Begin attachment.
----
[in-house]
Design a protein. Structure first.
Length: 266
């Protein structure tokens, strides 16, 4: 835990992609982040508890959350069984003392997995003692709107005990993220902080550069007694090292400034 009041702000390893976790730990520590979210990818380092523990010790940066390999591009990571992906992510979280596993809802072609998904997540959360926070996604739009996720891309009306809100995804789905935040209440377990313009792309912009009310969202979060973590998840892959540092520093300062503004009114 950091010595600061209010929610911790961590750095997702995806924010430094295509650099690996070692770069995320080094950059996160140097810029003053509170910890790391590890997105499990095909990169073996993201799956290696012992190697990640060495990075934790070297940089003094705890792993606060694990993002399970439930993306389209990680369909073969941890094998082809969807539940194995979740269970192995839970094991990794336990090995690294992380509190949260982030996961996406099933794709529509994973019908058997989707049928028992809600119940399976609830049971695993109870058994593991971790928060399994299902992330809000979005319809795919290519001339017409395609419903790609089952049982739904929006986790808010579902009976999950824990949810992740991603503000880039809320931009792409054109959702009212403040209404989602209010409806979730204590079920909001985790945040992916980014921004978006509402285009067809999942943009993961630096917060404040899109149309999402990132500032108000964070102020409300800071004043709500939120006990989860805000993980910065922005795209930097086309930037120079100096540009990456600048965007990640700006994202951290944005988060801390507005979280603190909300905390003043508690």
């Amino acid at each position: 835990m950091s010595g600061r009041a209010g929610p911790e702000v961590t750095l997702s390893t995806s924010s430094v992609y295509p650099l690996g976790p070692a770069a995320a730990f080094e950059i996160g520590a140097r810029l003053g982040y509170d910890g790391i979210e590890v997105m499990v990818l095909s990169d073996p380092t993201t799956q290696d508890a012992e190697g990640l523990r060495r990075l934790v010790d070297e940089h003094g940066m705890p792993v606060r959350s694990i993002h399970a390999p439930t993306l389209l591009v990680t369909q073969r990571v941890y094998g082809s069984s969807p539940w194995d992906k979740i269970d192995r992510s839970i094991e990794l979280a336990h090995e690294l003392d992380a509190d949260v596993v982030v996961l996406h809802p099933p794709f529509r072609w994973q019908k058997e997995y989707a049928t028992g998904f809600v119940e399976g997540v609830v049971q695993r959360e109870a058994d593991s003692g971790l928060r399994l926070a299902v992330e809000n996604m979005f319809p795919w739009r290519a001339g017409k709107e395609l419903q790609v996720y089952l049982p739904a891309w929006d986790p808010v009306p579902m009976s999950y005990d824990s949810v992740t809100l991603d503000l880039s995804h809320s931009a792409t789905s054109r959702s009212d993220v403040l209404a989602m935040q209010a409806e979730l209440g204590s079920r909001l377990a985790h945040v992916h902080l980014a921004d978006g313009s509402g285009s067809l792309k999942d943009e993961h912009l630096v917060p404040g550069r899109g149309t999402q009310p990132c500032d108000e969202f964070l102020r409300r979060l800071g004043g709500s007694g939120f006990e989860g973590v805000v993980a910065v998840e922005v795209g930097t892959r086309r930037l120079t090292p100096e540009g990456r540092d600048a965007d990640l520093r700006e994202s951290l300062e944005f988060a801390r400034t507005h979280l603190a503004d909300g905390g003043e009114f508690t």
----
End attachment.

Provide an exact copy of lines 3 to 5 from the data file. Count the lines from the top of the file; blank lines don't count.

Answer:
Length: 266
């Protein structure tokens, strides 16, 4: 835990992609982040508890959350069984003392997995003692709107005990993220902080550069007694090292400034 009041702000390893976790730990520590979210990818380092523990010790940066390999591009990571992906992510979280596993809802072609998904997540959360926070996604739009996720891309009306809100995804789905935040209440377990313009792309912009009310969202979060973590998840892959540092520093300062503004009114 950091010595600061209010929610911790961590750095997702995806924010430094295509650099690996070692770069995320080094950059996160140097810029003053509170910890790391590890997105499990095909990169073996993201799956290696012992190697990640060495990075934790070297940089003094705890792993606060694990993002399970439930993306389209990680369909073969941890094998082809969807539940194995979740269970192995839970094991990794336990090995690294992380509190949260982030996961996406099933794709529509994973019908058997989707049928028992809600119940399976609830049971695993109870058994593991971790928060399994299902992330809000979005319809795919290519001339017409395609419903790609089952049982739904929006986790808010579902009976999950824990949810992740991603503000880039809320931009792409054109959702009212403040209404989602209010409806979730204590079920909001985790945040992916980014921004978006509402285009067809999942943009993961630096917060404040899109149309999402990132500032108000964070102020409300800071004043709500939120006990989860805000993980910065922005795209930097086309930037120079100096540009990456600048965007990640700006994202951290944005988060801390507005979280603190909300905390003043508690």
């Amino acid at each position: 835990m950091s010595g600061r009041a209010g929610p911790e702000v961590t750095l997702s390893t995806s924010s430094v992609y295509p650099l690996g976790p070692a770069a995320a730990f080094e950059i996160g520590a140097r810029l003053g982040y509170d910890g790391i979210e590890v997105m499990v990818l095909s990169d073996p380092t993201t799956q290696d508890a012992e190697g990640l523990r060495r990075l934790v010790d070297e940089h003094g940066m705890p792993v606060r959350s694990i993002h399970a390999p439930t993306l389209l591009v990680t369909q073969r990571v941890y094998g082809s069984s969807p539940w194995d992906k979740i269970d192995r992510s839970i094991e990794l979280a336990h090995e690294l003392d992380a509190d949260v596993v982030v996961l996406h809802p099933p794709f529509r072609w994973q019908k058997e997995y989707a049928t028992g998904f809600v119940e399976g997540v609830v049971q695993r959360e109870a058994d593991s003692g971790l928060r399994l926070a299902v992330e809000n996604m979005f319809p795919w739009r290519a001339g017409k709107e395609l419903q790609v996720y089952l049982p739904a891309w929006d986790p808010v009306p579902m009976s999950y005990d824990s949810v992740t809100l991603d503000l880039s995804h809320s931009a792409t789905s054109r959702s009212d993220v403040l209404a989602m935040q209010a409806e979730l209440g204590s079920r909001l377990a985790h945040v992916h902080l980014a921004d978006g313009s509402g285009s067809l792309k999942d943009e993961h912009l630096v917060p404040g550069r899109g149309t999402q009310p990132c500032d108000e969202f964070l102020r409300r979060l800071g004043g709500s007694g939120f006990e989860g973590v805000v993980a910065v998840e922005v795209g930097t892959r086309r930037l120079t090292p100096e540009g990456r540092d600048a965007d990640l520093r700006e994202s951290l300062e944005f988060a801390r400034t507005h979280l603190a503004d909300g905390g003043e009114f508690t």